Who is ready for a pizza party at home? Irrespective of age (be it a toddler or an elderly person, adolescent or a middle-aged man) almost all of us raise our hands. Sophistication, advancement and modernisms are never curbed and we strive to achieve excellence and improvements when it is always for the better. Humans seem to have forgotten this concept when it comes to the field of nutrition. There have been aplenty new fruits and vegetables introduced, different cuisines and dishes tried and tested, ingredients revealed and healthy foods portrayed but individuals prefer eating tasty and processed treats. With decrease in health index of human beings there has been an inclination to eat more of nutrition-enhanced foods but still neither adults nor children have embarked on a nutritious journey to good health. The recommended five portions of fruits and vegetables consumption has never been met until now by a majority of the population while meat consumption exceeds dietary recommendations! Fats have been our favorite macronutrient with proteins following suit as they help us embark on our path to a muscular physique.
Nutrition, dietetics and health has become a major field these days with more and more people seeking the advice of registered dietitian nutritionists to improve their healthy intake and stay fit. Health programs that are conducted for children take place in various settings using various methodologies. But such programs are crucial as they form the foundation for strong eating habits as adults. The latest in trend is Social Marketing that is recommended by the World Health Organization to promote healthy eating patterns and lifestyle behaviors that’s good for the individuals. There are several reviews and programs suggesting that behavioral changes and eating behaviors (that included fruits, vegetables and whole grains consumption) improved greatly when Social Marketing strategies were implemented. There are increased insights revealing that web-based interventions are effective in changing behavior. Since long back we have noticed that our suggestions or recommendations go unnoticed with regards to anything be it studies, health or even general knowledge but the same gets high regards and is implemented when the knowledge is imparted by a professional who excels in the same field. Kids too regard their teachers as demi-Gods and there’s not a word that remains unfulfilled when it come from a teacher’s mouth.
Hence, nutritionists and dietitians are becoming an integral part of our lives as we live in a world that has forgotten to eat right. Rising obesity and overweight rates, widespread prevalence of health problems and diseases and the processed food culture have deviated our paths which now needs the intervention of an expert to take it right back to where it belonged- eating right. We have had several occasions where web-based interventions seem to be effective in changing behavior. You might meet the health expert in a face to face interview at the beginning but follow ups mostly happen via chats, messages or mails that help in reminding and encouraging individuals to bring in behavioral changes. We also have results showing that having something that’s beyond the web, such as messages or telephonic feedbacks do have a greater impact than email discussions and follow ups. Adults can take care of these follow up intervention methods but in the case of children it solely depends on the parent to decide how SMS or emails can improve their kid’s eating habits apart from web-based interventions.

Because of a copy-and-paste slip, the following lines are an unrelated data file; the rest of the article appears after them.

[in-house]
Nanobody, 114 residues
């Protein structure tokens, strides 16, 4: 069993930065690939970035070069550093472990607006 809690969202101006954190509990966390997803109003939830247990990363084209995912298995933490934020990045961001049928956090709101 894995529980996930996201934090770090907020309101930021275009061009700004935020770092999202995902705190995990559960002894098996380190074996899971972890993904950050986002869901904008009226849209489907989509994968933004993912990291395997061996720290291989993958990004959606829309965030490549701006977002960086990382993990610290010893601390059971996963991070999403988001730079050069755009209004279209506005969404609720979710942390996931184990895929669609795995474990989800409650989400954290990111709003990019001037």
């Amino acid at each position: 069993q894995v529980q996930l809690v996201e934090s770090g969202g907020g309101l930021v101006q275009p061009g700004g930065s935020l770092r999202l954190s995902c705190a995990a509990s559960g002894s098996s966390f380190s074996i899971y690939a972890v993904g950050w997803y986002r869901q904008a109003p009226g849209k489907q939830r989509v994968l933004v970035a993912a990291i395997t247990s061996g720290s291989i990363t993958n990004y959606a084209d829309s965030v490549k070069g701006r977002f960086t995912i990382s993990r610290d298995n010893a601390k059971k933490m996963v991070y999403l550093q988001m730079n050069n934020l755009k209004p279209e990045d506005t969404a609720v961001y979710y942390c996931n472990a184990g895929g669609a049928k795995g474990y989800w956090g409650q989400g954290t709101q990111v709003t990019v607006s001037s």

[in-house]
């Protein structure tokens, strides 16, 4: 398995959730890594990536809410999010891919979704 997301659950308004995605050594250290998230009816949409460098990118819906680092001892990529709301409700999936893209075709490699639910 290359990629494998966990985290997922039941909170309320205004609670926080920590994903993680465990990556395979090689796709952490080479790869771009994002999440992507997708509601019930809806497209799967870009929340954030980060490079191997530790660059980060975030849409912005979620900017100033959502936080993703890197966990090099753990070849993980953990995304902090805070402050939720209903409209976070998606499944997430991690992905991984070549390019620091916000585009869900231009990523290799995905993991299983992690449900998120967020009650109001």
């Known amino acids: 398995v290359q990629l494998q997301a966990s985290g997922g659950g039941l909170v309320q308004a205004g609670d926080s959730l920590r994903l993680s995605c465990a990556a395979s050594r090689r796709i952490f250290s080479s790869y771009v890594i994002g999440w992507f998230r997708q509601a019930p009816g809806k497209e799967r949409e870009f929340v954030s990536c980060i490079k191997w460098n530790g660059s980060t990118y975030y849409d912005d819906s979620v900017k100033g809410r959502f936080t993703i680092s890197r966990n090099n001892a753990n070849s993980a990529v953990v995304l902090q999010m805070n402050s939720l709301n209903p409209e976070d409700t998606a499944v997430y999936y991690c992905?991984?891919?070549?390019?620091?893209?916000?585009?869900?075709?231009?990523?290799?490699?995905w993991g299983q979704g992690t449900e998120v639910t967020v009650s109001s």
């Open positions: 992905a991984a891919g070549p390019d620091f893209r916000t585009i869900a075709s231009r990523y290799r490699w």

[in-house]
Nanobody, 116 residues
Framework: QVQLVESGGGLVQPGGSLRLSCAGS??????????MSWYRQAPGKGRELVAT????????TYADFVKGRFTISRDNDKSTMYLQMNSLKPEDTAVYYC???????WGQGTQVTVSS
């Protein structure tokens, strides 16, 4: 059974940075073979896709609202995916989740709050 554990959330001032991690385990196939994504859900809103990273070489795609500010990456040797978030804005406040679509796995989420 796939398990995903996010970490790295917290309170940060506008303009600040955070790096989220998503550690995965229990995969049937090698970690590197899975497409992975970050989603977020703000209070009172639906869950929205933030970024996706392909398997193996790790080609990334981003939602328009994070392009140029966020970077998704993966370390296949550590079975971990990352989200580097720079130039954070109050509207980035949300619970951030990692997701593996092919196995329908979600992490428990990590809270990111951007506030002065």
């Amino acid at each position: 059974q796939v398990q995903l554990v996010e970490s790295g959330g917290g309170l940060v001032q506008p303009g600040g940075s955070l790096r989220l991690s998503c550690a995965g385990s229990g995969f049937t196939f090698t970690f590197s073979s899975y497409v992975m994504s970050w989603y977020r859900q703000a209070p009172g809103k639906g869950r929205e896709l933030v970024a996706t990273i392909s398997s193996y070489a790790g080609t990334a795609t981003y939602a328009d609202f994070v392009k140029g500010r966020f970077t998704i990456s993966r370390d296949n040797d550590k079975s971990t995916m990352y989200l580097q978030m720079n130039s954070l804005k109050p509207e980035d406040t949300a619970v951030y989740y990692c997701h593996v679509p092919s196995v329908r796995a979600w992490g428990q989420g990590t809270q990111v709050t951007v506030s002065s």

A research study wanted to know whether providing additional support in the form of SMS or emails could improve a child’s eating behavior and lifestyle beyond web-based approaches. This study focused on Social Marketing nutrition program on kid’s food intake. The main focus was to know whether extra information and aids such as SMS follow ups would enhance behavioral changes of the kid instead of using only a web-based approach.
Looking Beyond Web-based Interventions for Improving a Child’s Nutrition Intake
The research took place in Switzerland, a country where only 55% girls and 40% boys ate fruits and vegetables daily. Data also shows that almost 40% of adults and more than 20% of children are either overweight or obese. A web-based social marketing program called ‘FAN’ was designed to encourage healthy food consumption and daily exercise performance among all people irrespective of their age group. Though parents used SMS, email and web services mostly on all days they were happier with the web-based intervention compared to the other two. The research team were focused on four different hypothesis: there would be an increase in healthy food consumption across age groups; there would be a decrease in unhealthy food consumption across age groups; email group would show greater improvement than web-only group and SMS group would show greater improvement than web-only group. Families were invited to participate and those who decided to participate had to complete a baseline (BL) survey. After this each of them were assigned to one of the three groups namely Web-only (group G1), web + email (group G2) or web + SMS (group G3). The study period was 8 weeks and during this period both the parents and kids received information on nutrition and physical activity behaviors. Content was decided based on the gender of the parent, number of children and the gender of each kid and also based on the behavior that was perceived as being difficult to perform.